Boston Red Sox Faithful Watch From Iraq
By Pfc. Matthew McLaughlin, USA
Special to American Forces Press Service
BAGHDAD, Iraq, Oct. 26, 2004 While these soldiers' battle scars may not be transparent, rest assured the war they wage has taken its toll emotionally. Despite apparently insurmountable obstacles and a history of pain and suffering, they continue to believe in their common cause.
From the right, Army Capt. Ryan Leonard, Maj. Rick Smudin and
Col. Mark A. Milley, all New England residents, watch Game 2 of the World
Series from a conference room in Iraq. Though it aired Oct. 24 at night in the
States, the time difference brought Boston Red Sox fans together starting
around 3 a.m. Oct. 25 in Iraq to watch this game. The contests finish sometimes
minutes before daily briefings. Photo by Pfc. Matthew McLaughlin,
(Click photo for screen-resolution image);high-resolution image available.
Yes, it has been a tough 86 years for Boston Red Sox fans. No one has experienced the history of numerous dramatic tragedies more than native New England soldiers, deployed to Iraq, who keep a flame of hope for their home team thousands of miles away.
Because of time-zone differences, most of the Major League Baseball playoff games are aired on American Forces Network at 3 a.m. or later in Iraq. Considering the long workdays of a soldier here, having the devotion to watch the Sox play night after night is nothing to wave a bat at. Soldiers gather before the daybreak in the televised conference room at Camp Liberty here to cheer their team on.
Being with fellow fans is just as important as actually seeing the game, said Army Maj. Rick Smudin from Natick, Mass. "Being a fan is about being with other fans," he said. "If I didn't have other fans to watch it with, I wouldn't get up for it every day. We're like a support group."
One soldier Smudin can count on is Capt. Ryan Leonard, a Durham, N.H., native, who watched every playoff game this year. He said he is ecstatic to watch the World Series with fellow soldiers of the "Red Sox Nation." They are all hoping to see the Sox accomplish a feat many have not lived to see.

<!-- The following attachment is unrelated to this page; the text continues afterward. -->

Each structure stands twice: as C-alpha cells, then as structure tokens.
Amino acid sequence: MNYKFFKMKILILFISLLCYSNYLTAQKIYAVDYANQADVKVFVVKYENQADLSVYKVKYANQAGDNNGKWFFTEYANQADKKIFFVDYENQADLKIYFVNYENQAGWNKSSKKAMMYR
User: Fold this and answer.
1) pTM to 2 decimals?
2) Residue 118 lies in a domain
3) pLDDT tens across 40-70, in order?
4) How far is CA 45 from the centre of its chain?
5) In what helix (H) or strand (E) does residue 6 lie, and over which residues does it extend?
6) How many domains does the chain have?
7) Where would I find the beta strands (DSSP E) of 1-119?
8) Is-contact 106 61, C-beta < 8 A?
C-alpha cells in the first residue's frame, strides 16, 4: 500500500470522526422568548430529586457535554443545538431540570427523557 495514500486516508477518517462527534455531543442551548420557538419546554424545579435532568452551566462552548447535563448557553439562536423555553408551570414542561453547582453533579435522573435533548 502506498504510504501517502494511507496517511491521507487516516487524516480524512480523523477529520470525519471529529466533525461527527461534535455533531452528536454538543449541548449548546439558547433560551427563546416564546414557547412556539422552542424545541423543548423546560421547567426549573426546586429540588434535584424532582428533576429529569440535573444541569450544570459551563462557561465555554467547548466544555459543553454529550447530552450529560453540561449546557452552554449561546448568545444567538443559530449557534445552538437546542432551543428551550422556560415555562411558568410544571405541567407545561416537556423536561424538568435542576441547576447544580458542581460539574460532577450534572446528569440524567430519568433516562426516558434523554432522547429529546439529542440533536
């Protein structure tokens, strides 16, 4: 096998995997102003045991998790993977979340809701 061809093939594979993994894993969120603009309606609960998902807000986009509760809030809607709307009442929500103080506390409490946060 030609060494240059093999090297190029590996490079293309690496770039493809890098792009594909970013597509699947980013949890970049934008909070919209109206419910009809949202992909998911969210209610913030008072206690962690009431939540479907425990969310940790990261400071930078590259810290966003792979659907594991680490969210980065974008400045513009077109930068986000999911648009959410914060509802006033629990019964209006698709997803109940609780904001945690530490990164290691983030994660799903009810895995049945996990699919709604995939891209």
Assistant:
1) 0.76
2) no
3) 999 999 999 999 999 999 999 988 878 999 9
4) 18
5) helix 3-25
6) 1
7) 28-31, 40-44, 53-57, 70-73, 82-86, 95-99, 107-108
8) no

"Eighty-six years. That's my father and grandfather who haven't lived to see the Red Sox win," he said.
Leonard even wears a Red Sox patch on his desert aviation uniform. "It's my way of supporting the Sox," he said.
While it is not standard uniform in the military, Col. Mark A. Milley, a Winchester, Mass., native and 2nd Brigade Combat Team commander, makes an exception for a fellow Red Sox fan.
Of all the Red Sox faithful in the 10th Mountain Division, Milley is the most experienced in Red Sox triumph and tragedy. A "charter member of the Red Sox Nation," Milley had soldiers wake him up for the final innings of the American League Championship Series against the New York Yankees. Some games finished minutes before his daily briefing from his brigade staff. Much to their relief, the Red Sox did not lose to their hated rival.
"It makes me miserable if they lose," he said. "My staff has an easy day when the Red Sox win. They breathe a sigh of relief when they win."
Milley also watched the ALCS last year from Afghanistan. That time he saw his team fall to the Yankees in a dramatic Game 7. "It crushed me," he said.
If something Milley loves caused him such pain, why does he continue to root for the home team? "The essence of being a Sox fan is masochism," Smudin said. "Fan is short for fanatic. Sooner or later, Charlie Brown should learn not to kick the football. We've all been through the same thing."
The three soldiers' relation to the Red Sox is eerily similar. Milley was nine in 1967 when the team lost to its current World Series opponent, the St. Louis Cardinals. Smudin also witnessed the Sox lose at age 9 at the hands of the Cincinnati Reds in 1975. Leonard was 10 in 1986 when the Red Sox lost to the New York Mets in yet another disappointing loss.
"We grew up without a World Series title," Milley said. "The Red Sox are the cross we bear. We're scarred children looking to heal our childhood. I suffered an early loss in 1967. I still have the pennant. My childhood heroes were (former Red Sox greats) Carl Yastrzemski and Rico Petrocelli."
Despite a history of disappointment, the soldiers of the Red Sox Nation say they have hope for this year's team. "We're seeing history in the making," Milley said. "This is the only year since I was 9 years old that I believe we are going to win, but I never lost the faith."
While all Red Sox fans would rather be in Boston for the World Series, they are elated to see their team where they belong and will cheer them on from a distance together. "I'd rather be in Boston," Smudin said. "But if they win, the memories of watching the World Series will always connect me to my experiences in Iraq."
Watching the series also gives soldiers a chance to feel somewhat at home in a war zone. "It provides a little corner of home," Milley said. "It's a refuge from the current war. The only thing we're missing is the Fenway Franks and peanuts."
The game moves to St. Louis today, with the Red Sox leading the Series 2-0.
(Army Pfc. Matthew McLaughlin is assigned to 10th Mountain Division Public Affairs.)